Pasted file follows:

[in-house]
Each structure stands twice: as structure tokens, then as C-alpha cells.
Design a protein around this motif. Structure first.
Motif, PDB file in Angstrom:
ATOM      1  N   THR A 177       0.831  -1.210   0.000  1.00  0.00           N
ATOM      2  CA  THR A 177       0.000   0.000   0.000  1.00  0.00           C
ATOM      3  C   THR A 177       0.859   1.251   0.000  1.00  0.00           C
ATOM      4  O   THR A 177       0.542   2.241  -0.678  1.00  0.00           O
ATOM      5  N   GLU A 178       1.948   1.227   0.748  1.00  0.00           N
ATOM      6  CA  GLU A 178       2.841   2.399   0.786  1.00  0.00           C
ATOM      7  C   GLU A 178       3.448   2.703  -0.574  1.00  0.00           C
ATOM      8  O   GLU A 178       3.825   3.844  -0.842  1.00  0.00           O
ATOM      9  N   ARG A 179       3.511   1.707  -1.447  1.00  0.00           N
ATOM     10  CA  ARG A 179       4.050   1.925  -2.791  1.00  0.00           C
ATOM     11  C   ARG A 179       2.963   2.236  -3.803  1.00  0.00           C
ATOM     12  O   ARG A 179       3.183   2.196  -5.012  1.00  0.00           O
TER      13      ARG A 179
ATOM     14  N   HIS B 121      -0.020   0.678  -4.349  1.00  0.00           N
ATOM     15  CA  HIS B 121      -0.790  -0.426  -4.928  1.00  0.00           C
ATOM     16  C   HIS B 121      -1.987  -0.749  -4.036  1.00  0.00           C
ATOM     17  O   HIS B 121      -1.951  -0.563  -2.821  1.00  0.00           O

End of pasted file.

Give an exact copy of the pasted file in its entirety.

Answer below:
[in-house]
Each structure stands twice: as structure tokens, then as C-alpha cells.
Design a protein around this motif. Structure first.
Motif, PDB file in Angstrom:
ATOM      1  N   THR A 177       0.831  -1.210   0.000  1.00  0.00           N
ATOM      2  CA  THR A 177       0.000   0.000   0.000  1.00  0.00           C
ATOM      3  C   THR A 177       0.859   1.251   0.000  1.00  0.00           C
ATOM      4  O   THR A 177       0.542   2.241  -0.678  1.00  0.00           O
ATOM      5  N   GLU A 178       1.948   1.227   0.748  1.00  0.00           N
ATOM      6  CA  GLU A 178       2.841   2.399   0.786  1.00  0.00           C
ATOM      7  C   GLU A 178       3.448   2.703  -0.574  1.00  0.00           C
ATOM      8  O   GLU A 178       3.825   3.844  -0.842  1.00  0.00           O
ATOM      9  N   ARG A 179       3.511   1.707  -1.447  1.00  0.00           N
ATOM     10  CA  ARG A 179       4.050   1.925  -2.791  1.00  0.00           C
ATOM     11  C   ARG A 179       2.963   2.236  -3.803  1.00  0.00           C
ATOM     12  O   ARG A 179       3.183   2.196  -5.012  1.00  0.00           O
TER      13      ARG A 179
ATOM     14  N   HIS B 121      -0.020   0.678  -4.349  1.00  0.00           N
ATOM     15  CA  HIS B 121      -0.790  -0.426  -4.928  1.00  0.00           C
ATOM     16  C   HIS B 121      -1.987  -0.749  -4.036  1.00  0.00           C
ATOM     17  O   HIS B 121      -1.951  -0.563  -2.821  1.00  0.00           O